With Facebook reporting over 1 billion users and Twitter estimating that more than 400 million tweets are sent each day, there’s no doubt that social sharing is a powerful phenomenon. But far from being a simple trend, the psychology that underpins this interpersonal sharing has the potential to make or break the success of your social software launch.
Understanding the motivations that drive different employees to both adopt and actively participate in social software programs enables you to tailor your system’s launch for maximum success. Truly, your ability to cater to each of the individual motivation types described below will determine whether your implementation fails to garner the necessary support amongst your employees or whether it succeeds in meeting your information management objectives.
With this in mind, let’s look at a few of the different reasons people share information with each other, as well as how these intrinsic and extrinsic motivations can be used to increase employee buy-in to an Enterprise Q&A system like Quandora.
People share to demonstrate authority
In the case of most social software programs, a certain percentage of users will share their information and responses in order to establish themselves as authority users. This may be done out of an internal desire to showcase valuable information that’s acquired over time or as a means of securing recognition from external sources, including managers and company owners.
Whatever the case may be, these users can be encouraged by recognizing the top users of your social software program, as these participants tend to be the most prolific responders. For example, if you’re using Quandora or a similar solution to manage your organization’s flow of internal information, recognizing the names of those who post the most answers in your company newsletter could help to ensure that this group finds the recognition they need to continue participating.
People share for social validation
In other situations, the people who use social software programs don’t do so to prove their authority to their coworkers and bosses – they do it for the social acceptance that comes from being part of a larger system. These users tend to be less interested in being viewed as authority figures and are more concerned that their contributions position them in a favorable light with their peers.
To motivate these users to continually participate in your software initiative, set goals that require all team members to contribute a certain number of posts or answers each month. This will give employees who seek social validation the necessary framework in which to structure their actions, while encouraging other team members who don’t feel this particular pull to share their knowledge as well.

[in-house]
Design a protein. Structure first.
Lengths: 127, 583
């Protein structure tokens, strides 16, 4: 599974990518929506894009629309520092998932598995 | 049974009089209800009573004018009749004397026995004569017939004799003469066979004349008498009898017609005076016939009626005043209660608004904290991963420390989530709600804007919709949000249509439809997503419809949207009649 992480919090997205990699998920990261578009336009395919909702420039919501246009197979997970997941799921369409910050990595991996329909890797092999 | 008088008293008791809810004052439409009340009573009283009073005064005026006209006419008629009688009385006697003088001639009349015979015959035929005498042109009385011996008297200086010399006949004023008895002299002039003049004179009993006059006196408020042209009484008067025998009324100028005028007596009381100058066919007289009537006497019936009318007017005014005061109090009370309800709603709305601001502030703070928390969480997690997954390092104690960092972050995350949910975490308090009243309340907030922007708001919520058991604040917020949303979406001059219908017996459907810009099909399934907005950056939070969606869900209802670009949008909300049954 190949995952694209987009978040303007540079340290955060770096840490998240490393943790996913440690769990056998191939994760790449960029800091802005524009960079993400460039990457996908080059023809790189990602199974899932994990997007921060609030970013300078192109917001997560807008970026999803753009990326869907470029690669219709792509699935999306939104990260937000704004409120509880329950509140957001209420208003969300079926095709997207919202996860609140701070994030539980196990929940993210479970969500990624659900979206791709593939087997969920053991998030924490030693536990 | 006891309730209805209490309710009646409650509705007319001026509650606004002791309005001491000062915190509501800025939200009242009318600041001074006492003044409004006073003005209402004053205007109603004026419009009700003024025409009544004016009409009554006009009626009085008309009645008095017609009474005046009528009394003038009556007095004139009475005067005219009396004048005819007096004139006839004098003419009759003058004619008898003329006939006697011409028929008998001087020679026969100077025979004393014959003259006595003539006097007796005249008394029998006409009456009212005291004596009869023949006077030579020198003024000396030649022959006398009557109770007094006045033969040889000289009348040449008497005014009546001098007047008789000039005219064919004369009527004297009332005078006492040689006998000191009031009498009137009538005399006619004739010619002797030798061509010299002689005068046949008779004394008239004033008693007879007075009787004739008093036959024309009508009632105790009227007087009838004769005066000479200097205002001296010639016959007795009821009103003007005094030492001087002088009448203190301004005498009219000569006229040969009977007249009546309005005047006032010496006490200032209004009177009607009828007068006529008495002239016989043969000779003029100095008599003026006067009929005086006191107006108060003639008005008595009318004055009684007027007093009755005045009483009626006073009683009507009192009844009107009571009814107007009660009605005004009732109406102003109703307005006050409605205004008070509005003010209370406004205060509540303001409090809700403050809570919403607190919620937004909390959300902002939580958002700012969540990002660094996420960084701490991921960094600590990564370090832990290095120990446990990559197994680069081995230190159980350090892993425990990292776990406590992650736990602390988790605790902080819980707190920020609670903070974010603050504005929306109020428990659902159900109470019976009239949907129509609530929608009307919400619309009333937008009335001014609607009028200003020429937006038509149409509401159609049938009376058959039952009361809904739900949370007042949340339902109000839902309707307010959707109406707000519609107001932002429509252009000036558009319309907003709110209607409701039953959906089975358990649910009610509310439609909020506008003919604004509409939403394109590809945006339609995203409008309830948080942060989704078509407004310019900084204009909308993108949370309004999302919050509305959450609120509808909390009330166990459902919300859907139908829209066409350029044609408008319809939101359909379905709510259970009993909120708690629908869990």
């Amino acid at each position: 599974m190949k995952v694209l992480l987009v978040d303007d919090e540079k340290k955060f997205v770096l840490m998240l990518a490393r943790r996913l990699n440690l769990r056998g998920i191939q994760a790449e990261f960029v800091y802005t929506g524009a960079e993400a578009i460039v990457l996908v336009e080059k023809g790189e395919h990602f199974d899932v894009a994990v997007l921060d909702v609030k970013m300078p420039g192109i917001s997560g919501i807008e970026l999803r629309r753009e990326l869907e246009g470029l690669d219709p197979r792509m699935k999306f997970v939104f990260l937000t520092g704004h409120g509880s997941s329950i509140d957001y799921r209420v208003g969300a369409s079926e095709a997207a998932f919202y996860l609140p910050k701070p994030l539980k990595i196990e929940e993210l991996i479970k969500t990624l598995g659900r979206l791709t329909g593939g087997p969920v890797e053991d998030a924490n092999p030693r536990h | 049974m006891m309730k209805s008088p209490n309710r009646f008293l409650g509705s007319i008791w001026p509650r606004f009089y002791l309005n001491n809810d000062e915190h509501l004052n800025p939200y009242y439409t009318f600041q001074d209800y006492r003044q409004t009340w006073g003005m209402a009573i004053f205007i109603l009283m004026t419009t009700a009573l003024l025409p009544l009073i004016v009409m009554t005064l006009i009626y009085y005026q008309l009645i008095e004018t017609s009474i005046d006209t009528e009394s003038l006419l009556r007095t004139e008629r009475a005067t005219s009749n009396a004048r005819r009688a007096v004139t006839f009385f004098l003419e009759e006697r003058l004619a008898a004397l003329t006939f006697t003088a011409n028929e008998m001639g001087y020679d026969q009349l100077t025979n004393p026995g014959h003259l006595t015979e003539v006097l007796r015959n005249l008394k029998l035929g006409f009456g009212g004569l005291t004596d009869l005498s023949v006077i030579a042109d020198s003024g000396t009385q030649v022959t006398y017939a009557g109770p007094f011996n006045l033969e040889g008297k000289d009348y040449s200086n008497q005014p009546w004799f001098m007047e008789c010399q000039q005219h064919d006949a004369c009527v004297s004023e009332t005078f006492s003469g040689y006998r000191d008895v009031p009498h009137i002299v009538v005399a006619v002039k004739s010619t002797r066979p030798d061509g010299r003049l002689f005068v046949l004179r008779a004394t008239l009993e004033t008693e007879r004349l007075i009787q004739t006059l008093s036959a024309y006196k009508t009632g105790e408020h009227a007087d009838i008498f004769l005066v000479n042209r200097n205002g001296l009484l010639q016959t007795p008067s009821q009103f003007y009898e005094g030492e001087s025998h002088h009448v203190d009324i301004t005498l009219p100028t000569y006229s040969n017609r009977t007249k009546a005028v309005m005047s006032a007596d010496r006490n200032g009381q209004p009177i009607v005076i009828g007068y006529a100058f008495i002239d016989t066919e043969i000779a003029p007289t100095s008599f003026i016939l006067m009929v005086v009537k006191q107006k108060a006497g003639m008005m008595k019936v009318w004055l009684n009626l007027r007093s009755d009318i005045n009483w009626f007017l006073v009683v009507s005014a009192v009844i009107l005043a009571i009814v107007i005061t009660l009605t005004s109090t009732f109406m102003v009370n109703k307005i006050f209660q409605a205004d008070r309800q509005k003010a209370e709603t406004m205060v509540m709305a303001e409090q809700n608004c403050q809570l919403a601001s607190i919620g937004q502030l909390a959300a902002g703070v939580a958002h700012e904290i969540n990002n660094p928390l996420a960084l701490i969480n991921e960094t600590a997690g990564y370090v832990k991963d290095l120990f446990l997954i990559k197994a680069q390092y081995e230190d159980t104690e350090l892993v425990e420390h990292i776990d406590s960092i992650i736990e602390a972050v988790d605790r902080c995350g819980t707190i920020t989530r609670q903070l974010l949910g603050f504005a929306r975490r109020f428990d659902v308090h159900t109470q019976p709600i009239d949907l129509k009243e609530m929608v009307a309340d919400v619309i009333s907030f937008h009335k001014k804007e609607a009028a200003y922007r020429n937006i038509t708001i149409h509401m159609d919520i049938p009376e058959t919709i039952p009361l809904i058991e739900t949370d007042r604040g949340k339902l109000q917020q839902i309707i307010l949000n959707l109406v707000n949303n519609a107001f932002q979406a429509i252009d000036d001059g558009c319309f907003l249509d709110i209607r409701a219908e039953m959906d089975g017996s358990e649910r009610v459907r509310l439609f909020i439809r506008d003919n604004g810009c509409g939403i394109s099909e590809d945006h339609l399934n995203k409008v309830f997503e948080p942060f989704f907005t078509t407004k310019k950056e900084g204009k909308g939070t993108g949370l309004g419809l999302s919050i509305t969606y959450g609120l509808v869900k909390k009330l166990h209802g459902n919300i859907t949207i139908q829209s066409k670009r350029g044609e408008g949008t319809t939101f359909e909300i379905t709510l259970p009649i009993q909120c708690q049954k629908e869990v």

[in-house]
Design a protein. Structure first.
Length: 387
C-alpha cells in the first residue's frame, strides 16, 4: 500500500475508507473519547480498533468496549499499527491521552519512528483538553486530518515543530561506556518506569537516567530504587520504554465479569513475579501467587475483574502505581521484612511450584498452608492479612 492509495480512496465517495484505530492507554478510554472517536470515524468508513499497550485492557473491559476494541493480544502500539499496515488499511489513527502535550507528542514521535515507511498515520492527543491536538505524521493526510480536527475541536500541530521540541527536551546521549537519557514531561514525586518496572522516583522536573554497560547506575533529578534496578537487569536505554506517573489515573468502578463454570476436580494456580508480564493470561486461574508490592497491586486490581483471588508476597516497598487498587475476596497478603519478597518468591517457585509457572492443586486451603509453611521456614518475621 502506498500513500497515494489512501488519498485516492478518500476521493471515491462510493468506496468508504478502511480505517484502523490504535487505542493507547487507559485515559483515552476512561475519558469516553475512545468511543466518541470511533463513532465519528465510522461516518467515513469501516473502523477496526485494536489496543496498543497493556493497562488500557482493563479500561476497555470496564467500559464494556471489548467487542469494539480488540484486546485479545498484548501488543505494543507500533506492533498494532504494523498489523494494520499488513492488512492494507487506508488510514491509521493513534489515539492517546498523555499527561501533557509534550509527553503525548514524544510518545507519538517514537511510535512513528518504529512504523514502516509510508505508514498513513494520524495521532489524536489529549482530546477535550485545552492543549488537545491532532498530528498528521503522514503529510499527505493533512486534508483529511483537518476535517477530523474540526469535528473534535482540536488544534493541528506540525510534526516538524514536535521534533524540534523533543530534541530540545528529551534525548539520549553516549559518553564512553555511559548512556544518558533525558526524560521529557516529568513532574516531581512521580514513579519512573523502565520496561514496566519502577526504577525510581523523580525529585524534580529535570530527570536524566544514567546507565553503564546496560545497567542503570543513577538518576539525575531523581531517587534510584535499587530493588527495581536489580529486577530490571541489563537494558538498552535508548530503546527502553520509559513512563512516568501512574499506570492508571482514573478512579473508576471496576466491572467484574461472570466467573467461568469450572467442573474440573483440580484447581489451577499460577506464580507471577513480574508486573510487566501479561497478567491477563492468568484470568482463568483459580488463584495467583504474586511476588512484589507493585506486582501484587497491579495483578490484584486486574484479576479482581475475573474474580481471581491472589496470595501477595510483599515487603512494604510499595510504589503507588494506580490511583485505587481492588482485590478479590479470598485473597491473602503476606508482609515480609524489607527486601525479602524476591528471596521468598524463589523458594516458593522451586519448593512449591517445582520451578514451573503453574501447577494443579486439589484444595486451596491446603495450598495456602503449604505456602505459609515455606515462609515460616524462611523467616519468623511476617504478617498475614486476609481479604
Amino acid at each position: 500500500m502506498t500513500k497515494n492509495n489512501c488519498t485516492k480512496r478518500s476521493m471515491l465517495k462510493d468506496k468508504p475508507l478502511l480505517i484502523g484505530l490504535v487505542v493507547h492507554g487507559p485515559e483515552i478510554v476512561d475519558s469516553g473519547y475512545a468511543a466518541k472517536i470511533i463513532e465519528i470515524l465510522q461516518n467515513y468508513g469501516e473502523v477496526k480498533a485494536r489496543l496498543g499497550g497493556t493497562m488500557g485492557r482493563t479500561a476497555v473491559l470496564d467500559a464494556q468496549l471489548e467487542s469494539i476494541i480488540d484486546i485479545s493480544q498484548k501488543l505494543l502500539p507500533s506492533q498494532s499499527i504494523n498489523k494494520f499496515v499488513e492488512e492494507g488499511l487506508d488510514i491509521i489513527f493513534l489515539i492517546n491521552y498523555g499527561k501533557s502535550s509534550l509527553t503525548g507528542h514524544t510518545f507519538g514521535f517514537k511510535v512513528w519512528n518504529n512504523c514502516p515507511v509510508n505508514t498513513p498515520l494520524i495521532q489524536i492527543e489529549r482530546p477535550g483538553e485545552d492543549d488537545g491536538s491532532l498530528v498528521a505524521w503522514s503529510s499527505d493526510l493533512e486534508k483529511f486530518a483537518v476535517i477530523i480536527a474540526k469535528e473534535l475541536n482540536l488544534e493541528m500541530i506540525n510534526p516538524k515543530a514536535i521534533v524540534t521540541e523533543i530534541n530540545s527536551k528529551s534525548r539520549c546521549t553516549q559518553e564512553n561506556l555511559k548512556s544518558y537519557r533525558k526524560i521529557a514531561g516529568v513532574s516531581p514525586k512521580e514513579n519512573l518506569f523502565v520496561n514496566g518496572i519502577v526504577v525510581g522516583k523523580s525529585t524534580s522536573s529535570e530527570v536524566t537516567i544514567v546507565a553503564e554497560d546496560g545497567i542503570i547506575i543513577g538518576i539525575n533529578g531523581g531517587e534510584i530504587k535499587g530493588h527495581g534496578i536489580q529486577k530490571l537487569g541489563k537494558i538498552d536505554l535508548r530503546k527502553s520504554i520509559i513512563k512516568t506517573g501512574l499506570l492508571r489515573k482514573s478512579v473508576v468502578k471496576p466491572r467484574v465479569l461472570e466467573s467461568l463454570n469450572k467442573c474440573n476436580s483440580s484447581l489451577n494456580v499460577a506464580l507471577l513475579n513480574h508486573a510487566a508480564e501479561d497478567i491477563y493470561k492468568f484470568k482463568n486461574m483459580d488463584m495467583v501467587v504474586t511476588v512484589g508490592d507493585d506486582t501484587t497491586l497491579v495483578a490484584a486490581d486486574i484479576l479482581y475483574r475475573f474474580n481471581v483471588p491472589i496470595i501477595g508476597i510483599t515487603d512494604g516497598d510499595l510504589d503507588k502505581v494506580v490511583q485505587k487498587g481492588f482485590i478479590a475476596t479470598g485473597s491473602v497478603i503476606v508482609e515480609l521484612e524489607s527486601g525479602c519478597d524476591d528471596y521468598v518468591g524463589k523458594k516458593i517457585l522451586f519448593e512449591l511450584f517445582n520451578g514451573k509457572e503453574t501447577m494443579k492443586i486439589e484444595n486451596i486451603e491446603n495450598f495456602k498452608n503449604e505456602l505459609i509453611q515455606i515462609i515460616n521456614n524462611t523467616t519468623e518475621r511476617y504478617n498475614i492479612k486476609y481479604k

People share to motivate others to a way of thinking
In rare cases, employees aren’t motivated to use Enterprise Q&A programs out of the desire to be recognized by others, but instead seek to sway others within your organization to a certain way of thinking. This situation occurs most frequently when certain corporate processes are contentious, with different employees struggling to have their version of internal best practices recognized by others.
Obviously, this is a situation that must be managed carefully, as “in-fighting” within your Enterprise Q&A program can lead to hurt feelings and misinformation. Nip any such situations you encounter in the bud by encouraging managers to monitor the responses shared by their team members in the early stages of software implementation in order to ensure that internal disputes don’t get out of hand.
People share out of duty or incentive
Finally, be aware that some employees on your team will engage with your social software program because it’s the right thing to do or because of any incentives you decide to offer for participation.
Employees who are motivated by a sense of duty or obligation will be the easiest to convince to take part in your new program, as they won’t require much encouragement on your end to post questions and answers of their own. Employees who need incentives to participate are just as easy to sway, provided you offer the types of simple rewards that motivate them sufficiently into adopting your new system.
Keep in mind that – in most cases – incentives don’t need to be large to encourage these team members to play an active role in your Enterprise Q&A program. Small rewards or recognition opportunities show that their efforts are valued, improving the level of overall engagement with your new system without much effort or financial investment on your part.